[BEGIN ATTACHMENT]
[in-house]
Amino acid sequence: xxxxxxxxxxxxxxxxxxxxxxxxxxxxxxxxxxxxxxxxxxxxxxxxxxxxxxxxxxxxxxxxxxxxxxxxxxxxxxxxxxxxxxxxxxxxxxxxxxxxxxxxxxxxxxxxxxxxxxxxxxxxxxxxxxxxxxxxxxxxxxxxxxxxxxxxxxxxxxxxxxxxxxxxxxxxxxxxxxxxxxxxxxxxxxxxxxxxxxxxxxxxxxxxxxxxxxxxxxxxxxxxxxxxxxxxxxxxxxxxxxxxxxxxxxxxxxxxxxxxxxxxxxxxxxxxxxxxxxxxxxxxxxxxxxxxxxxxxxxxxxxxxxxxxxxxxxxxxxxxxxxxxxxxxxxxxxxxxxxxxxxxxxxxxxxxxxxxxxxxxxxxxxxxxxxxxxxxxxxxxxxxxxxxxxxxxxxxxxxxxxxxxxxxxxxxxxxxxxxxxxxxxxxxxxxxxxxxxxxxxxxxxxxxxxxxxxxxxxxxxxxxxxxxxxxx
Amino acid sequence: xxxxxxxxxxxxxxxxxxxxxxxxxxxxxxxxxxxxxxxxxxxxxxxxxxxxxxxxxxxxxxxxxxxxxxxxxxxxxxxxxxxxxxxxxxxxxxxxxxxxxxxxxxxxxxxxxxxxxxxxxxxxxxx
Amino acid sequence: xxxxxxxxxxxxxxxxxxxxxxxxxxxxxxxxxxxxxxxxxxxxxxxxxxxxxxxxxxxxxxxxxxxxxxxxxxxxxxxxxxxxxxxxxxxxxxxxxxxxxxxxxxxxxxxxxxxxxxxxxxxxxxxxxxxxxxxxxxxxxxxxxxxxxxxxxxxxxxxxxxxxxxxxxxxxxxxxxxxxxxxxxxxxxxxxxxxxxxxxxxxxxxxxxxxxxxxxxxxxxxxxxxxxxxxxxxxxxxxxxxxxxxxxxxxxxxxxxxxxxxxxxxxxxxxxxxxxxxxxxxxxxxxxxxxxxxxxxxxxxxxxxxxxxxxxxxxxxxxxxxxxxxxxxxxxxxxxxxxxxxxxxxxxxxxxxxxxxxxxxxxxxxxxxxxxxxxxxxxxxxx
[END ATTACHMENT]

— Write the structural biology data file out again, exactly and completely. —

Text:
[in-house]
Amino acid sequence: xxxxxxxxxxxxxxxxxxxxxxxxxxxxxxxxxxxxxxxxxxxxxxxxxxxxxxxxxxxxxxxxxxxxxxxxxxxxxxxxxxxxxxxxxxxxxxxxxxxxxxxxxxxxxxxxxxxxxxxxxxxxxxxxxxxxxxxxxxxxxxxxxxxxxxxxxxxxxxxxxxxxxxxxxxxxxxxxxxxxxxxxxxxxxxxxxxxxxxxxxxxxxxxxxxxxxxxxxxxxxxxxxxxxxxxxxxxxxxxxxxxxxxxxxxxxxxxxxxxxxxxxxxxxxxxxxxxxxxxxxxxxxxxxxxxxxxxxxxxxxxxxxxxxxxxxxxxxxxxxxxxxxxxxxxxxxxxxxxxxxxxxxxxxxxxxxxxxxxxxxxxxxxxxxxxxxxxxxxxxxxxxxxxxxxxxxxxxxxxxxxxxxxxxxxxxxxxxxxxxxxxxxxxxxxxxxxxxxxxxxxxxxxxxxxxxxxxxxxxxxxxxxxxxxxxx
Amino acid sequence: xxxxxxxxxxxxxxxxxxxxxxxxxxxxxxxxxxxxxxxxxxxxxxxxxxxxxxxxxxxxxxxxxxxxxxxxxxxxxxxxxxxxxxxxxxxxxxxxxxxxxxxxxxxxxxxxxxxxxxxxxxxxxxx
Amino acid sequence: xxxxxxxxxxxxxxxxxxxxxxxxxxxxxxxxxxxxxxxxxxxxxxxxxxxxxxxxxxxxxxxxxxxxxxxxxxxxxxxxxxxxxxxxxxxxxxxxxxxxxxxxxxxxxxxxxxxxxxxxxxxxxxxxxxxxxxxxxxxxxxxxxxxxxxxxxxxxxxxxxxxxxxxxxxxxxxxxxxxxxxxxxxxxxxxxxxxxxxxxxxxxxxxxxxxxxxxxxxxxxxxxxxxxxxxxxxxxxxxxxxxxxxxxxxxxxxxxxxxxxxxxxxxxxxxxxxxxxxxxxxxxxxxxxxxxxxxxxxxxxxxxxxxxxxxxxxxxxxxxxxxxxxxxxxxxxxxxxxxxxxxxxxxxxxxxxxxxxxxxxxxxxxxxxxxxxxxxxxxxxxx